With global oil prices plummeting in recent months, environmental sustainability experts say fossil fuel divestment may now carry greater financial appeal for the University.
Since University President Peter Salovey’s August announcement that Yale Corporation’s Committee on Investor Responsibility had decided against divestment from fossil fuel companies, the price of oil has dramatically fallen, causing the price of energy stocks to slide. Although Fossil Free Yale — a student group advocating for divestment — has relied most prominently upon the social and ethical justifications for their cause, a financial rationale to divest has gained increased relevance in past months, according to experts interviewed. Still, it appears unlikely that the recent tumult in the energy market will cause the University to reverse its decision.
“With high-cost drilling projects being canceled, stock prices falling and demand not showing signs of responding, divestment is sounding more and more like the smart play for investors,” Brett Fleishman, a senior analyst at 350.org, an international environmental organization that advocates for divestment, wrote in an email. “The debate over fossil fuel divestment has now entered the conversations of investors who refuse to consider the moral implications of their portfolios; there is a new dynamism to the financial side of the argument.”
Fleishman said that institutional investors generally have a low risk tolerance, meaning that they are aiming to minimize volatility in their portfolios to invest for the long-term. He added that the dramatic drop in oil prices — over 60 percent since June — signifies volatility and the larger instability of the industry.
Andrew Logan, Director of Ceres’ Oil & Gas Program, a sustainability advocacy group, said the oil industry is more vulnerable now to a price decline than it was during the previous five or 10 years. He said the industry’s reliance on high-cost projects, including offshore drilling and tar sands oil extraction, may no longer be profitable with reduced oil prices. Unless the industry takes a different long term approach, investors have good reason to be pessimistic, he said.
Logan added that the high price of oil in the past five years was built on a “fragile foundation” and on high assumptions about global demand growth.
“A lot of the counterarguments against divestment were on how the oil and gas industry performed historically,” Logan said. “Now with how things are performing recently, it put things in a different light.”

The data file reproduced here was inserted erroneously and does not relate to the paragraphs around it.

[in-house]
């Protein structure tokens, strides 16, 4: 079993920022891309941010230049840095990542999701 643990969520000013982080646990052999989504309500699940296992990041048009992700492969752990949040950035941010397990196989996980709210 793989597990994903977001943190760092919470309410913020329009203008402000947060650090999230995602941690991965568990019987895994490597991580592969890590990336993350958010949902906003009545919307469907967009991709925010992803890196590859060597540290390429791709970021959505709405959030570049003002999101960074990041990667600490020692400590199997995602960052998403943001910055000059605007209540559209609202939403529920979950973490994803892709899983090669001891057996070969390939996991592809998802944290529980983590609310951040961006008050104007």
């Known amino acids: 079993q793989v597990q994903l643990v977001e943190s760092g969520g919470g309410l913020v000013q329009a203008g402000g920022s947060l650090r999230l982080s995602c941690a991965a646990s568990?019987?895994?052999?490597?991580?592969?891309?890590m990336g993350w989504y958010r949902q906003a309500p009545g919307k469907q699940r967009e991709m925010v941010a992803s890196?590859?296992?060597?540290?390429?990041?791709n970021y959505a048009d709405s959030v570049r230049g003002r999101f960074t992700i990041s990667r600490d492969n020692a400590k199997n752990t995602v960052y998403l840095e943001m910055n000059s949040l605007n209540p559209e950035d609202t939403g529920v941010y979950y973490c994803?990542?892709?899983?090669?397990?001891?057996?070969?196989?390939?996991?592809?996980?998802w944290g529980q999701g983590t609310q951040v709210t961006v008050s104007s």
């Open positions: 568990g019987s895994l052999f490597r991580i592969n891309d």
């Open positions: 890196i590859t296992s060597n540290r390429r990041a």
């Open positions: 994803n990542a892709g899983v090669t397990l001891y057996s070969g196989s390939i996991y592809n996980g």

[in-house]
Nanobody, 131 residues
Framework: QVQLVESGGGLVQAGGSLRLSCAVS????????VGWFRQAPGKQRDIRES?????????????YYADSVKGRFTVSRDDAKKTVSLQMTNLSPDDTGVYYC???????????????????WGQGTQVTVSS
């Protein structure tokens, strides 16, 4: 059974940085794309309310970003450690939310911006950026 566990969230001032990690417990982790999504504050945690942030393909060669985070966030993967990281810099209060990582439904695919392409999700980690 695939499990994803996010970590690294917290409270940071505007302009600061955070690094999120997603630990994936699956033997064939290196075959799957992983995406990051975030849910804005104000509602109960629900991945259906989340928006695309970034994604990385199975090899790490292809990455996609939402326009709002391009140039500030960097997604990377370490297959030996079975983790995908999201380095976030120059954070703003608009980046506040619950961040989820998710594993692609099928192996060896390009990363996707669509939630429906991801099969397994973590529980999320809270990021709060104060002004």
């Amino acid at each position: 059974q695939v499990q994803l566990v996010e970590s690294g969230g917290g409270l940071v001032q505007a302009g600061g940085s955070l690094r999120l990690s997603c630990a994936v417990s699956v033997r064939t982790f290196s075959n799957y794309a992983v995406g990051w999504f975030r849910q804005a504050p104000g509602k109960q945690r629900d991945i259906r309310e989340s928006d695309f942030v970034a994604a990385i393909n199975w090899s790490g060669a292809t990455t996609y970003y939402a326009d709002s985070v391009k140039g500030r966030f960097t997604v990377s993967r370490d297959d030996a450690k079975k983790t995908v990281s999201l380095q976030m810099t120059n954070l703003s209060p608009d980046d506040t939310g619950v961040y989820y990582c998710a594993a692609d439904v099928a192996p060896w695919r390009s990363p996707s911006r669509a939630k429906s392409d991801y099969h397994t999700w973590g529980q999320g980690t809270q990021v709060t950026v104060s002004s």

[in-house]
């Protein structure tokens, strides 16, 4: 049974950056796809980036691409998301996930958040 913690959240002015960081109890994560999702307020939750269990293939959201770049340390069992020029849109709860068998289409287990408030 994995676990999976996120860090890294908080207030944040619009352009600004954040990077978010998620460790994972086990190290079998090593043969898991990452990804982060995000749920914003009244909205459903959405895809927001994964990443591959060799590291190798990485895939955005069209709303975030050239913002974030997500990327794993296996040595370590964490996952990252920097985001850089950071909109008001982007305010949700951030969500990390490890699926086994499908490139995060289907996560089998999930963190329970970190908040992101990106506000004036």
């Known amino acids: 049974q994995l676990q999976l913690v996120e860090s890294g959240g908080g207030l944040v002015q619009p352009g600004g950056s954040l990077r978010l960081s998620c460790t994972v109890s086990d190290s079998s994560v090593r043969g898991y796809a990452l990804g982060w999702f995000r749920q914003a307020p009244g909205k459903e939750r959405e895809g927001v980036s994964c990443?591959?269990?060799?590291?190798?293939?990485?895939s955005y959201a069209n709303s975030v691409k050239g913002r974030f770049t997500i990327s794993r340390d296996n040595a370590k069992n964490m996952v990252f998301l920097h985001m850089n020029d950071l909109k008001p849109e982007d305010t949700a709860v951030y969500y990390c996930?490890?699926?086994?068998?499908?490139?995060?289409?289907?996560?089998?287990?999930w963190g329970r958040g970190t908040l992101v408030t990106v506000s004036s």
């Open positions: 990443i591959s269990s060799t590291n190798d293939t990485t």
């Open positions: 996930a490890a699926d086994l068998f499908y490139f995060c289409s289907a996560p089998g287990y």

According to Yale’s most recently released endowment report, the University currently has roughly 8 percent of its assets invested in natural resources, which include oil and gas, timberland, and metals and mining.
“Equity investments in natural resources … share common risk and return characteristics: protection against unanticipated global inflation, high and visible current cash flow, and opportunities to exploit inefficiencies,” the report stated. “At the portfolio level, natural resource investments provide attractive return prospects and significant diversification.”
Chief Investment Officer David Swensen declined to comment.
However, in light of the recent declines in the energy market, it remains uncertain as to what degree the University’s rationale for investing in this asset class still holds true.
Members of FFY maintained that the economic reasons to divest — coupled with environmental and political reasons — have always been central to their platform.
FFY organizer Chelsea Watson ’17 said that prior to the drop in oil over the past six months, FFY had argued that institutions could divest with a negligible impact on the endowment returns. Now it appears even stronger that Yale can actually benefit financially from divesting, she added.
“I am surprised that the administration uses the financial risk of divestment as an argument against it,” FFY organizer Tristan Glowa ’18 said. “In fact, the financial direction goes the opposite way.”
He noted, however, that falling oil prices are not unequivocally good for FFY’s broader goal to combat climate change. He said the increasing affordability of oil creates a false sense that people can use oil more freely, and while the economic cost may be less, the social cost is just as high.
Watson said FFY is continuing to push for divestment this semester and is preparing to put more pressure on the administration in time for Feb. 13, Global Divestment Day.
Still, Logan said despite the recent dive in oil prices, institutions may be less compelled to divest and may rather “hunker down” in the hope that the price of energy stocks will rebound.
“With a crystal ball, you may have decided to divest a few month ago,” he said. “But given the drop in share prices, the horse may have already left the barn.”